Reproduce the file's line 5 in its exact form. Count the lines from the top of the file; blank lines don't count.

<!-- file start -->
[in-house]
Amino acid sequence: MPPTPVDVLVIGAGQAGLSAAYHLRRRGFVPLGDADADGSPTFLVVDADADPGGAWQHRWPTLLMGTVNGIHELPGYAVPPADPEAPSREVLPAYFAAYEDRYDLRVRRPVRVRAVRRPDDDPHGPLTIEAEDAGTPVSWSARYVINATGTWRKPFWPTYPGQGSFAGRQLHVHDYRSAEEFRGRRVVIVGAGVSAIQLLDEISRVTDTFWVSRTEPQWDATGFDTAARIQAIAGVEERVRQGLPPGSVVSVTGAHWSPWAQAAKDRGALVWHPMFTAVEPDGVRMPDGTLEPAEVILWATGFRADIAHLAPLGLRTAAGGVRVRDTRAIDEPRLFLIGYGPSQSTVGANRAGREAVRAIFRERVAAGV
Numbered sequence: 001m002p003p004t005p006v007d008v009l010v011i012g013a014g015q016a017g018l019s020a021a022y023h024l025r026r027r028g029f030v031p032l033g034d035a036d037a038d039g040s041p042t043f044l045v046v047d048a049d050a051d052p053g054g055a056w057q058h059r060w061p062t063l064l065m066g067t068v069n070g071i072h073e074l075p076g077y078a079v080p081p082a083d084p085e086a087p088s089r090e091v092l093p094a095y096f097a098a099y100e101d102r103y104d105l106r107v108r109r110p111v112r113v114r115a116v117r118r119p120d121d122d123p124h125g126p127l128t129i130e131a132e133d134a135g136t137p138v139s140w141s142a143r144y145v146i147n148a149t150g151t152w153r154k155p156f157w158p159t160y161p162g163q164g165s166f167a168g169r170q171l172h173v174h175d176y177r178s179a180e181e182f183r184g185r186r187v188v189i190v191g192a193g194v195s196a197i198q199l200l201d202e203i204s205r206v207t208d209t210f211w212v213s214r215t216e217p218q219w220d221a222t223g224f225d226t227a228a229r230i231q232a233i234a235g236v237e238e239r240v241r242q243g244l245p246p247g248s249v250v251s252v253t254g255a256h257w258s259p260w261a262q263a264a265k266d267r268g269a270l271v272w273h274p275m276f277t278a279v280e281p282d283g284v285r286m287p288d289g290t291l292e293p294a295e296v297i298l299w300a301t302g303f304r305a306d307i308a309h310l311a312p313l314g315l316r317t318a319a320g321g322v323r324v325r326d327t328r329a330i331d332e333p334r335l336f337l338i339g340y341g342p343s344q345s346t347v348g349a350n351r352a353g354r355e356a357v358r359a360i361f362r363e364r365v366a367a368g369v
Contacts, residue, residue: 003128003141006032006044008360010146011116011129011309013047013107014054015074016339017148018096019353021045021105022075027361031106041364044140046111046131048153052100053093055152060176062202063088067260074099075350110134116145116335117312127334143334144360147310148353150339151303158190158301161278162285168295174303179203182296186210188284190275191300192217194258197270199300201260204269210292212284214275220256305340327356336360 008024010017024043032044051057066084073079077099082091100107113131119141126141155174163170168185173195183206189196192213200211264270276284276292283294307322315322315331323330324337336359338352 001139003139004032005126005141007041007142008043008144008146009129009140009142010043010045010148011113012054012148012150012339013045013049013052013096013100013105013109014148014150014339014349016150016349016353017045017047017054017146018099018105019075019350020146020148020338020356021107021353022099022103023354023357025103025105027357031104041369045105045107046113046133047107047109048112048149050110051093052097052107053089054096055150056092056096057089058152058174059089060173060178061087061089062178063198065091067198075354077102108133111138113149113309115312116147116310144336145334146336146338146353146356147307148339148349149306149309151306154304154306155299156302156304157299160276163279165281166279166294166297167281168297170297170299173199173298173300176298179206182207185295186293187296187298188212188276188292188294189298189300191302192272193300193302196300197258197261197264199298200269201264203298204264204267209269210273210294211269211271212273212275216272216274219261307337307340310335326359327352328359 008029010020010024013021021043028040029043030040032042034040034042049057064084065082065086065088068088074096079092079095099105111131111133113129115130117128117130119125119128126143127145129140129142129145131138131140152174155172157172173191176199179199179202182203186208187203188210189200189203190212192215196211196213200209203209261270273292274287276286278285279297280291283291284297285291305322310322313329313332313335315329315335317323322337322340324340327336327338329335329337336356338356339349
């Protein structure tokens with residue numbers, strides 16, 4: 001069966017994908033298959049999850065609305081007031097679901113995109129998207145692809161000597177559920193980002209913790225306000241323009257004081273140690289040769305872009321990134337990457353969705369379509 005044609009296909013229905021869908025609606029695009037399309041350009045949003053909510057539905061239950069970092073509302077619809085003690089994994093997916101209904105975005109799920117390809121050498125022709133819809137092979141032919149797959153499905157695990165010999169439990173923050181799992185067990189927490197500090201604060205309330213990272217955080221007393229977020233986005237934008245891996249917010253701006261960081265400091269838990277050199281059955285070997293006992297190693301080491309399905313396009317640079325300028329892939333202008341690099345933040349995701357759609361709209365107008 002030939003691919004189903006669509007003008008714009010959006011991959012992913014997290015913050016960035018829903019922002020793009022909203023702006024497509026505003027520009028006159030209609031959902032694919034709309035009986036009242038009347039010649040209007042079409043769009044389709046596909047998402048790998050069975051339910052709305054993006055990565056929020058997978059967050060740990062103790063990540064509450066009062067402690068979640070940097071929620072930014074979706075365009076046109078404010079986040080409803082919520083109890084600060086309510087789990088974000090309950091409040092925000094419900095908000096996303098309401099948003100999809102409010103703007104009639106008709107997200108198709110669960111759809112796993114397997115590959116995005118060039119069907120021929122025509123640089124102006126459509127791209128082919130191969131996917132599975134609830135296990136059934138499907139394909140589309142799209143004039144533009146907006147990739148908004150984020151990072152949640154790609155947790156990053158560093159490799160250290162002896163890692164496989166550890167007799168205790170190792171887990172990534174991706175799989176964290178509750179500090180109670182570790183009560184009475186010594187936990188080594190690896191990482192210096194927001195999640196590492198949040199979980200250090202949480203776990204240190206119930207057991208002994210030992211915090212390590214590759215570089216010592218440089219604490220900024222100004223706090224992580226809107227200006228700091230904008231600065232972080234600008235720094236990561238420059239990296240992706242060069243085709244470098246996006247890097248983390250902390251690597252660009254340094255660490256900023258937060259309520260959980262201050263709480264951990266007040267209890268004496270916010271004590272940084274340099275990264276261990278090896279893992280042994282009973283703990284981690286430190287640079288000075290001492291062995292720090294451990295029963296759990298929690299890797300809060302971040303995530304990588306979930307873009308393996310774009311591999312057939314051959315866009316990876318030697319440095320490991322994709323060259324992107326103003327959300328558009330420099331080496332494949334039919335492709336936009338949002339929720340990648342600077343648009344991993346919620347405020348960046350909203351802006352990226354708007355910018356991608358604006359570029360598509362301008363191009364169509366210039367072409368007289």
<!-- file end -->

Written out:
């Protein structure tokens with residue numbers, strides 16, 4: 001069966017994908033298959049999850065609305081007031097679901113995109129998207145692809161000597177559920193980002209913790225306000241323009257004081273140690289040769305872009321990134337990457353969705369379509 005044609009296909013229905021869908025609606029695009037399309041350009045949003053909510057539905061239950069970092073509302077619809085003690089994994093997916101209904105975005109799920117390809121050498125022709133819809137092979141032919149797959153499905157695990165010999169439990173923050181799992185067990189927490197500090201604060205309330213990272217955080221007393229977020233986005237934008245891996249917010253701006261960081265400091269838990277050199281059955285070997293006992297190693301080491309399905313396009317640079325300028329892939333202008341690099345933040349995701357759609361709209365107008 002030939003691919004189903006669509007003008008714009010959006011991959012992913014997290015913050016960035018829903019922002020793009022909203023702006024497509026505003027520009028006159030209609031959902032694919034709309035009986036009242038009347039010649040209007042079409043769009044389709046596909047998402048790998050069975051339910052709305054993006055990565056929020058997978059967050060740990062103790063990540064509450066009062067402690068979640070940097071929620072930014074979706075365009076046109078404010079986040080409803082919520083109890084600060086309510087789990088974000090309950091409040092925000094419900095908000096996303098309401099948003100999809102409010103703007104009639106008709107997200108198709110669960111759809112796993114397997115590959116995005118060039119069907120021929122025509123640089124102006126459509127791209128082919130191969131996917132599975134609830135296990136059934138499907139394909140589309142799209143004039144533009146907006147990739148908004150984020151990072152949640154790609155947790156990053158560093159490799160250290162002896163890692164496989166550890167007799168205790170190792171887990172990534174991706175799989176964290178509750179500090180109670182570790183009560184009475186010594187936990188080594190690896191990482192210096194927001195999640196590492198949040199979980200250090202949480203776990204240190206119930207057991208002994210030992211915090212390590214590759215570089216010592218440089219604490220900024222100004223706090224992580226809107227200006228700091230904008231600065232972080234600008235720094236990561238420059239990296240992706242060069243085709244470098246996006247890097248983390250902390251690597252660009254340094255660490256900023258937060259309520260959980262201050263709480264951990266007040267209890268004496270916010271004590272940084274340099275990264276261990278090896279893992280042994282009973283703990284981690286430190287640079288000075290001492291062995292720090294451990295029963296759990298929690299890797300809060302971040303995530304990588306979930307873009308393996310774009311591999312057939314051959315866009316990876318030697319440095320490991322994709323060259324992107326103003327959300328558009330420099331080496332494949334039919335492709336936009338949002339929720340990648342600077343648009344991993346919620347405020348960046350909203351802006352990226354708007355910018356991608358604006359570029360598509362301008363191009364169509366210039367072409368007289």